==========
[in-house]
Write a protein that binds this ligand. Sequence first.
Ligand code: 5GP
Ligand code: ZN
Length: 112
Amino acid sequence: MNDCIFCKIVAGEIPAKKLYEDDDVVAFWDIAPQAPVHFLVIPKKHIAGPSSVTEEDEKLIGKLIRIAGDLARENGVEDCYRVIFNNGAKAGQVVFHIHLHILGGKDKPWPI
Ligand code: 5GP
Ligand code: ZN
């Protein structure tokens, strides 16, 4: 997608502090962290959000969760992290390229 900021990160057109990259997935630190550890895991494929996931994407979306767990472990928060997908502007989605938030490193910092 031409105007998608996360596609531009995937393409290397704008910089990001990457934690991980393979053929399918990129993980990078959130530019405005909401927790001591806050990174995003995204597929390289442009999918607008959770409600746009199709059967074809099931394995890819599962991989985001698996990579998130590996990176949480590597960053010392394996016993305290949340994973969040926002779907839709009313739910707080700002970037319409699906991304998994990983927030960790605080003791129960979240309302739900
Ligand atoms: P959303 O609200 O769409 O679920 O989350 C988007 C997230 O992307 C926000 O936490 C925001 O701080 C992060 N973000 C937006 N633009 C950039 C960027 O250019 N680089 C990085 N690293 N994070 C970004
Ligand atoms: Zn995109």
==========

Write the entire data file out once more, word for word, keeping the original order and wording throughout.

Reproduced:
[in-house]
Write a protein that binds this ligand. Sequence first.
Ligand code: 5GP
Ligand code: ZN
Length: 112
Amino acid sequence: MNDCIFCKIVAGEIPAKKLYEDDDVVAFWDIAPQAPVHFLVIPKKHIAGPSSVTEEDEKLIGKLIRIAGDLARENGVEDCYRVIFNNGAKAGQVVFHIHLHILGGKDKPWPI
Ligand code: 5GP
Ligand code: ZN
């Protein structure tokens, strides 16, 4: 997608502090962290959000969760992290390229 900021990160057109990259997935630190550890895991494929996931994407979306767990472990928060997908502007989605938030490193910092 031409105007998608996360596609531009995937393409290397704008910089990001990457934690991980393979053929399918990129993980990078959130530019405005909401927790001591806050990174995003995204597929390289442009999918607008959770409600746009199709059967074809099931394995890819599962991989985001698996990579998130590996990176949480590597960053010392394996016993305290949340994973969040926002779907839709009313739910707080700002970037319409699906991304998994990983927030960790605080003791129960979240309302739900
Ligand atoms: P959303 O609200 O769409 O679920 O989350 C988007 C997230 O992307 C926000 O936490 C925001 O701080 C992060 N973000 C937006 N633009 C950039 C960027 O250019 N680089 C990085 N690293 N994070 C970004
Ligand atoms: Zn995109």